Allele-specific DNA methylation - What to do if the discriminating SNP is a T/C ? (Jan/29/2007 )
I think I've got a tricky one today:
We want to analyse the DNA methylation of a certain gene with respect to the genotype. I think, we need to do the analysis allele-specific. The methods described to do this are all discriminating between the alleles by using SNPs in the binding region of the PCR or Sequencing primers.
My problem is, that the SNP I am interested in consist of C --> T. So if I was using bisulfite, all alleles would become identical
Is there a way of separating the alleles without destroying the methylation information (i.e.PCR)?
Any suggestions are appreciated!
I would say you can design primers that specifically amplify the opposite strand because C --> T in the + strand would read G --> A in the - strand and will not be affected by bisulfite conversion.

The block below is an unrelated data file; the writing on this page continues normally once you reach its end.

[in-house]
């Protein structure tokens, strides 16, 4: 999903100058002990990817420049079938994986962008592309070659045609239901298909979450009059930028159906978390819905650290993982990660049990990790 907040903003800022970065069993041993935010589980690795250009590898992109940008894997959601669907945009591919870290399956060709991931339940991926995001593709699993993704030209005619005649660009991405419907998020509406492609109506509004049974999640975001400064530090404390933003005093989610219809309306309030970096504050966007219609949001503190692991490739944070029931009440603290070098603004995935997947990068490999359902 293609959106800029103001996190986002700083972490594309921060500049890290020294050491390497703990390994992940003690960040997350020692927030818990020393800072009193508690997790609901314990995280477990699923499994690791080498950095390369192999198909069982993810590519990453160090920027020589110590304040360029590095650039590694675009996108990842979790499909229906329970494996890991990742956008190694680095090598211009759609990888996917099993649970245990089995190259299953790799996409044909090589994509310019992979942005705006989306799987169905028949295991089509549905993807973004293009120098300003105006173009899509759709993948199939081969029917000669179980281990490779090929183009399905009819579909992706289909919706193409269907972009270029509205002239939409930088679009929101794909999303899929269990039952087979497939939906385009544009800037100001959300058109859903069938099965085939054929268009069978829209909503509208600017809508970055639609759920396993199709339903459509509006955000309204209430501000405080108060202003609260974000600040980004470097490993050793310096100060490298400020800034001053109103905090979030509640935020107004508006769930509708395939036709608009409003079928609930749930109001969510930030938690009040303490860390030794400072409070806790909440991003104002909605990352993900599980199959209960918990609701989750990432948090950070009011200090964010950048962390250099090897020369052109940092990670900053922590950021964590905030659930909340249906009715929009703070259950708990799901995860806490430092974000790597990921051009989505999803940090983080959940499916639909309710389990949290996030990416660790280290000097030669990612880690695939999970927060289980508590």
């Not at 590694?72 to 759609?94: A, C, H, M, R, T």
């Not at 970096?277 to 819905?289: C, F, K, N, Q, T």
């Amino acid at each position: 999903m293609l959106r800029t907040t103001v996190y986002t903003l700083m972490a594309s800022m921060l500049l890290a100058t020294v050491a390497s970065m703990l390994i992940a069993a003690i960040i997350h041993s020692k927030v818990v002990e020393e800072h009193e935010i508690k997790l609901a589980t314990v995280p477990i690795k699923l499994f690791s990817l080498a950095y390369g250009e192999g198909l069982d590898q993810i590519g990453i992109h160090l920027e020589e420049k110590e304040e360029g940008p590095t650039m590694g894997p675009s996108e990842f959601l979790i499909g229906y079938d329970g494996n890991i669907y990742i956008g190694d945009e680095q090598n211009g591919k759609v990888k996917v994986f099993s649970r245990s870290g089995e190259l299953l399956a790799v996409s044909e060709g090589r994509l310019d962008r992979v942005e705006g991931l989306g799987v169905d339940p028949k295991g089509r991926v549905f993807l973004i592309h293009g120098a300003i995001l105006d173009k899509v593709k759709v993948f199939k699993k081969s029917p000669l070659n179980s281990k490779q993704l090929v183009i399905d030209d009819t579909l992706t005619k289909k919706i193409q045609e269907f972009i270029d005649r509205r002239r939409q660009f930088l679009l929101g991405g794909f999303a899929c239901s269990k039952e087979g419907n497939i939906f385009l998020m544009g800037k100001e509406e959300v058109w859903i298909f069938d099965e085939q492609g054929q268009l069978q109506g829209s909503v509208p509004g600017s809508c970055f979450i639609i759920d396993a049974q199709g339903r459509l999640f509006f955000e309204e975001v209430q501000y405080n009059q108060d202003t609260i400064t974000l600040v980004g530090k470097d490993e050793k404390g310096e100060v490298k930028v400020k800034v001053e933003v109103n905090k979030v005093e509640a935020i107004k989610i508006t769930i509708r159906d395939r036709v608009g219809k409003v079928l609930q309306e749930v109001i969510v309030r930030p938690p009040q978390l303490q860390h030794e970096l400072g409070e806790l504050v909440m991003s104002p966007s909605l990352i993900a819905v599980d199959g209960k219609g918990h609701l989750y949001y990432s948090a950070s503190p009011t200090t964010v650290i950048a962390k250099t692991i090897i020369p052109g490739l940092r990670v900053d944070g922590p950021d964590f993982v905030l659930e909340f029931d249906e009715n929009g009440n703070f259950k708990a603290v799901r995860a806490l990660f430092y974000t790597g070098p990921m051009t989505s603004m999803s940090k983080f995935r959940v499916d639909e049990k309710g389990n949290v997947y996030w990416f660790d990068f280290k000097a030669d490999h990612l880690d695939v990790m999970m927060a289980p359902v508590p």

Thanks Nick, that sounds reasonable. I knew I was missing somehing...
in which step would you introduce allele specifity? I was thinking about a common first round PCR and afterwards allele specific primers, but I have also seen a paper using specific primers in the sequencing reaction. Any opinion?
I have seen papers where thye just performed BSP, cloning and sequencing and highlighted the SNP within the lollipop figures.
This would be easier as there is no need to optimise allele specific primers and you get your methylation data surrounding it.
I guess you're right.
I will try that.